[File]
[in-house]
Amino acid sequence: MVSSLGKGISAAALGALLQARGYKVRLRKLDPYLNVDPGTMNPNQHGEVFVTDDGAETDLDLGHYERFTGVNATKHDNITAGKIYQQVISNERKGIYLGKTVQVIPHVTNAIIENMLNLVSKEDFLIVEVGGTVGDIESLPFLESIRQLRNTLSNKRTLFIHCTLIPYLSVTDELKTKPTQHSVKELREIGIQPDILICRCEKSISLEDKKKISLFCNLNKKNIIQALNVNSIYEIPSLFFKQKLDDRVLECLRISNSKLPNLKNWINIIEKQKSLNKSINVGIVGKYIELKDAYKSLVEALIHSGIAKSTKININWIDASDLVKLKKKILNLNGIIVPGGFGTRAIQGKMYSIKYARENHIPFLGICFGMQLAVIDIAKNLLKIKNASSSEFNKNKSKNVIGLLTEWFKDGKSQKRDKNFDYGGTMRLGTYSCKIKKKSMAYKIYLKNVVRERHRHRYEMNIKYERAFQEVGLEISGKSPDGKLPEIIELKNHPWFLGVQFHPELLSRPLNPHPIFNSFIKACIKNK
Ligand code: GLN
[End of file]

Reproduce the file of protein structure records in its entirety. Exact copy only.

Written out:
[in-house]
Amino acid sequence: MVSSLGKGISAAALGALLQARGYKVRLRKLDPYLNVDPGTMNPNQHGEVFVTDDGAETDLDLGHYERFTGVNATKHDNITAGKIYQQVISNERKGIYLGKTVQVIPHVTNAIIENMLNLVSKEDFLIVEVGGTVGDIESLPFLESIRQLRNTLSNKRTLFIHCTLIPYLSVTDELKTKPTQHSVKELREIGIQPDILICRCEKSISLEDKKKISLFCNLNKKNIIQALNVNSIYEIPSLFFKQKLDDRVLECLRISNSKLPNLKNWINIIEKQKSLNKSINVGIVGKYIELKDAYKSLVEALIHSGIAKSTKININWIDASDLVKLKKKILNLNGIIVPGGFGTRAIQGKMYSIKYARENHIPFLGICFGMQLAVIDIAKNLLKIKNASSSEFNKNKSKNVIGLLTEWFKDGKSQKRDKNFDYGGTMRLGTYSCKIKKKSMAYKIYLKNVVRERHRHRYEMNIKYERAFQEVGLEISGKSPDGKLPEIIELKNHPWFLGVQFHPELLSRPLNPHPIFNSFIKACIKNK
Ligand code: GLN